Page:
U.S Pat. No. 4,306,725 to Sawyer describes a deck of cards with words and their dictionary definitions printed thereon which players may use to test themselves or each other and where play progression is advanced by the spinning of a dial, the face of the dial bearing certain indicia identifying the next card to be selected.
U.S. Pat. No. 1,201,100 to Rice-Wray describes a board game designed to simulate a golf course, which uses a shuffle board method to determine the number of moves a player may advance, the object of the game being for each player to reach each `hole` and then to select a synonym from strips bearing words for the word located at that hole.
U.S. Pat. No. 3,594,003 to Elder is directed toward an educational word association board game wherein groups of two-sided play pieces, each side bearing information related to the other side and to other play pieces in a group, are laid out on a gameboard having plural arrays of unique playing positions and wherein players must guess the associated word/symbol on the back of the play piece to attain the opportunity to score.
Most similar to the invention at hand is the game described in U.S. Pat. No. 4,171,816, to Hunt which teaches a language game apparatus comprising a field made up of rows and columns for each player, with grammatical or language categories at the top of each column, one of the categories being selected by a player by chance, that player then having to select from a store of two-sided strips, a word that matches the category heading.
United Kingdom Pat. No. GB 2,187,393 to Hann shows a word related board game that has six apex spaces. Each space has a letter thereupon that spells out the name of the game "MASTER". Hann further comprises a deck of playing cards, wherein each card has a key word and a plurality of related subwords printed thereon.
U. S. Pat. No. 4,124,214 to Pavis shows a board game utilizing a plurality of decks of playing cards, each deck being distinguishable and corresponding to various levels of difficulty in play.
U S. Pat. No. 4,854,594 to Eaton shows a timing device to limit a player's response during play on a board game and the use of a penalty/reward deck separate from other card decks.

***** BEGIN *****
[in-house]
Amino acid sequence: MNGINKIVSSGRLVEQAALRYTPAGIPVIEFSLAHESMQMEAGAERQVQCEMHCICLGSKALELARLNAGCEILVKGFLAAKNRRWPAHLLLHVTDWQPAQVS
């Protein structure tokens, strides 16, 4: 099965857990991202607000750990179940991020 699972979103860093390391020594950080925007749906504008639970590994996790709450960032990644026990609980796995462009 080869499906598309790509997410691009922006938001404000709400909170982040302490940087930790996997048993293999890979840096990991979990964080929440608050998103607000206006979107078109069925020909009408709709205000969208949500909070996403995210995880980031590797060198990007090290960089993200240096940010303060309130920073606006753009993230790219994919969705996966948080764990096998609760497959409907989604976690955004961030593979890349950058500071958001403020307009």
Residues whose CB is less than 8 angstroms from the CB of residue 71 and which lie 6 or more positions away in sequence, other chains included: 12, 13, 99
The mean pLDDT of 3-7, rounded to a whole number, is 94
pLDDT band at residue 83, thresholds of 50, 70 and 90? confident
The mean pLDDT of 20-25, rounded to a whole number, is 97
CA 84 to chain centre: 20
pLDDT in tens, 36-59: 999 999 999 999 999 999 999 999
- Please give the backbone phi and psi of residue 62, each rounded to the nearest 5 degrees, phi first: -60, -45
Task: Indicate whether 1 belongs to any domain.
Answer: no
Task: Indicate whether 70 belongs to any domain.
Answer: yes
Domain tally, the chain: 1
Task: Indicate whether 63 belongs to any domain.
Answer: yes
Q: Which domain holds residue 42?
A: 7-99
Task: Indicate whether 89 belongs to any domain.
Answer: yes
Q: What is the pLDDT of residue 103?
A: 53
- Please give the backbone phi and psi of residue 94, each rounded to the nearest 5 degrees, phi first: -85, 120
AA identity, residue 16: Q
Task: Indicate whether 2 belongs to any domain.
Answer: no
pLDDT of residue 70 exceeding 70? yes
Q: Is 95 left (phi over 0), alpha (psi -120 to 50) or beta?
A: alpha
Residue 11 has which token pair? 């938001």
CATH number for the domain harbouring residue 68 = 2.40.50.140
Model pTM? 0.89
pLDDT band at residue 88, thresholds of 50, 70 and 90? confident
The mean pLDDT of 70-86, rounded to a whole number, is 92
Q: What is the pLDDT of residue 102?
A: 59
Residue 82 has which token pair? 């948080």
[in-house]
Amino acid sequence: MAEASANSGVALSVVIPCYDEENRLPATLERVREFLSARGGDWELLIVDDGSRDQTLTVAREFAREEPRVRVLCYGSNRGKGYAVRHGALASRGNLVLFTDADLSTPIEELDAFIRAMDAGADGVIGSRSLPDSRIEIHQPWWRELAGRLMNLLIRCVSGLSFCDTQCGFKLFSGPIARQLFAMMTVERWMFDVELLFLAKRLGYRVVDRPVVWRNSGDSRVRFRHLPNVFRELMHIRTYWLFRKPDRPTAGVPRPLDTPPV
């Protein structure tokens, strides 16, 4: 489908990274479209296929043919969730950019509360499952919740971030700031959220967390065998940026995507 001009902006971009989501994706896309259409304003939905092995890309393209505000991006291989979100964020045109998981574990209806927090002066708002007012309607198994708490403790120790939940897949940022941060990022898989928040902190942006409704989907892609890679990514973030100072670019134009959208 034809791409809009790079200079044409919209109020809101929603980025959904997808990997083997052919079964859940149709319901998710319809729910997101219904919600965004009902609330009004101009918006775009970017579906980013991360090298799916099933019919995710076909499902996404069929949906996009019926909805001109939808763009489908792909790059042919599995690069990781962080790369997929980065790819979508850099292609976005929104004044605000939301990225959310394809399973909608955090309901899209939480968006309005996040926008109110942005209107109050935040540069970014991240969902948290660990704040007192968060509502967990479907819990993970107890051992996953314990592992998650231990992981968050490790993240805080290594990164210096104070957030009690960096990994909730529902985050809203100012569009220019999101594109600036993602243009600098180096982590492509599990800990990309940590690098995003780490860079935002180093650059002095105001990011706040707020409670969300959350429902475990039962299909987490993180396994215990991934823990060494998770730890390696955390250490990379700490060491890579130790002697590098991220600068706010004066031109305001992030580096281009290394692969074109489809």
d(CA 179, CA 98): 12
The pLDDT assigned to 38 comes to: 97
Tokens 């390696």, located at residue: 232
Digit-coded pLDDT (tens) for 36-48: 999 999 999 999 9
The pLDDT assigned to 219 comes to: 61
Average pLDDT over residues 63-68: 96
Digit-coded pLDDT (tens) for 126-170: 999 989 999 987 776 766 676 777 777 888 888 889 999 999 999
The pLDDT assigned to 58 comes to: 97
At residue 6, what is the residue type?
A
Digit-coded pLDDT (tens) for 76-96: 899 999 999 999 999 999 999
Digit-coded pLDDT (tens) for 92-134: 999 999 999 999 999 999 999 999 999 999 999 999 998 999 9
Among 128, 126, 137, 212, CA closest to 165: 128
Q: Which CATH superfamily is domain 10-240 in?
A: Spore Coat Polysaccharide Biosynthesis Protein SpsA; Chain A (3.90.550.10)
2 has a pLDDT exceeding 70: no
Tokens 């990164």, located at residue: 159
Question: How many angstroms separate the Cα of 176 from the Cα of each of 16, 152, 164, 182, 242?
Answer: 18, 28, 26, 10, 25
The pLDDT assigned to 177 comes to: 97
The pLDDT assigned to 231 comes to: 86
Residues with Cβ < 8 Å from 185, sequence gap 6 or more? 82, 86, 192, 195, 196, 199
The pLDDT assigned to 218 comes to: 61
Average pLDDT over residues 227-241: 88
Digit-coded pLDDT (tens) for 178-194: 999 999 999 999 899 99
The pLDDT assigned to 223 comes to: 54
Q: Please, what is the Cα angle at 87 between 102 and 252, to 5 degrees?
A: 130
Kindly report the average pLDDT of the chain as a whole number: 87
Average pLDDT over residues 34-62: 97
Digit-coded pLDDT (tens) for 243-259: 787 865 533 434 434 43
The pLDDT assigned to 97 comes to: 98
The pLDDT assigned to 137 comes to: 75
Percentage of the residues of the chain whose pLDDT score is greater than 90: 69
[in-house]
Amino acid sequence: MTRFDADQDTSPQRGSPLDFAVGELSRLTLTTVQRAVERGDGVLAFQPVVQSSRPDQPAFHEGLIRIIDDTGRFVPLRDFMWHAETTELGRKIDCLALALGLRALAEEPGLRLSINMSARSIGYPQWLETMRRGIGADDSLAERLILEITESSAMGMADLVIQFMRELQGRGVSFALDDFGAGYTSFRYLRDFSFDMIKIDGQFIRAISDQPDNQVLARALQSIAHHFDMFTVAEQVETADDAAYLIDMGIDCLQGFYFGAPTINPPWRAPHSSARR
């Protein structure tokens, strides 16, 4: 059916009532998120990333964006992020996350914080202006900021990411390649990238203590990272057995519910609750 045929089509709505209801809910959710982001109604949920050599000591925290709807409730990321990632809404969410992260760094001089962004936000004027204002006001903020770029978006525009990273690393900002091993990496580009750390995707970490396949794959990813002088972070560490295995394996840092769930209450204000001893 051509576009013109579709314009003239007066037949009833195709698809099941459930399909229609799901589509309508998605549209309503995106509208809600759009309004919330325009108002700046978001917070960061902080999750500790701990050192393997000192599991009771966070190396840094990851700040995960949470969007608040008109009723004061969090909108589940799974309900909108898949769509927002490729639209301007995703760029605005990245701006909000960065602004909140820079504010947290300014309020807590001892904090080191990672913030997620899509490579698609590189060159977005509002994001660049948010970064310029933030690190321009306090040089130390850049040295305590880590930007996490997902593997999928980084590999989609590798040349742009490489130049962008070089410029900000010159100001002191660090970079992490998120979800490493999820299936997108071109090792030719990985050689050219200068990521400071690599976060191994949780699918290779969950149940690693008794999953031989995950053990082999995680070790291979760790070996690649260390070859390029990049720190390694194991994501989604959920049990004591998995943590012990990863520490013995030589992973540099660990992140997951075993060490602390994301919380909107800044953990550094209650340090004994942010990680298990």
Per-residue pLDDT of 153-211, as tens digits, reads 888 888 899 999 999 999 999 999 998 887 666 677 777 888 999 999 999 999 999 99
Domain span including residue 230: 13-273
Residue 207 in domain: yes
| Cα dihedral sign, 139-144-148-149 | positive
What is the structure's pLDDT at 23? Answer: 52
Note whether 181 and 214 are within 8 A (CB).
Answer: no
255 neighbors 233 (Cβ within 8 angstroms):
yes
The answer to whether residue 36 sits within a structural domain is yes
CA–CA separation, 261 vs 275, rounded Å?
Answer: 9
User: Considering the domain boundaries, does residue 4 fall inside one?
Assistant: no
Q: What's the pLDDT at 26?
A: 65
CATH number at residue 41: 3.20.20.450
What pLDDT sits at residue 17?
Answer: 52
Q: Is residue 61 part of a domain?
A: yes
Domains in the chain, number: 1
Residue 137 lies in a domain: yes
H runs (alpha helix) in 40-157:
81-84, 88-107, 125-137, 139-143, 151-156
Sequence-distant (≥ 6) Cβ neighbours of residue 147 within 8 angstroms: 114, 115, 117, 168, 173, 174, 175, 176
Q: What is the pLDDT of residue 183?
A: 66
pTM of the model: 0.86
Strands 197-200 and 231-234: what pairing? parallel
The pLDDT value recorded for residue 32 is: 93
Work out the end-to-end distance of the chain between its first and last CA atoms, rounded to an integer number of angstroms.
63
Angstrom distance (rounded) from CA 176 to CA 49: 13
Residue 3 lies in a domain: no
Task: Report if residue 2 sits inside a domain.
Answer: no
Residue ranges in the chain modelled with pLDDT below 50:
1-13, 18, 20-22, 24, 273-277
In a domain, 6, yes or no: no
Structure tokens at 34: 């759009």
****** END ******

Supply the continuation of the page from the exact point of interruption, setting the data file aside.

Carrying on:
U. S. Pat. No. 1,518,306 to Clegg shows colored playing pieces that correspond to colored spaces on a game board, the game board having color neutral spaces positioned thereon for safe passage of game pieces that land on such spaces.
U. S. Pat. 4,932,667 to Gorski shows a game board with a plurality of apex spaces and a reciprocating game board pattern.
Finally, the unpatented game "What's the Word" discloses a word definition board game having a playing path and cards having key words and corresponding definitions, the cards being divided into differently colored decks with varying degrees of difficulty.
While only a few of the prior art inventions show more than one element of the currently claimed invention, the combination of all the prior art elements creates a substantial field of materials. Even when combined, the present invention differs in two respects: by allowing players to select the level of difficulty at each turn, and by asking players to make decisions regarding the parts of speech at each turn, thus allowing players of all competence levels to play simultaneously. Knowing that correct answers in different levels lead to different point awards which correspond to the number of moves a player may use to achieve an objective on the gameboard, a player may exercise his ability to logically manipulate the playing pieces to achieve such objectives, as well as increase his knowledge in the subject matter of the particular category at hand at the same time.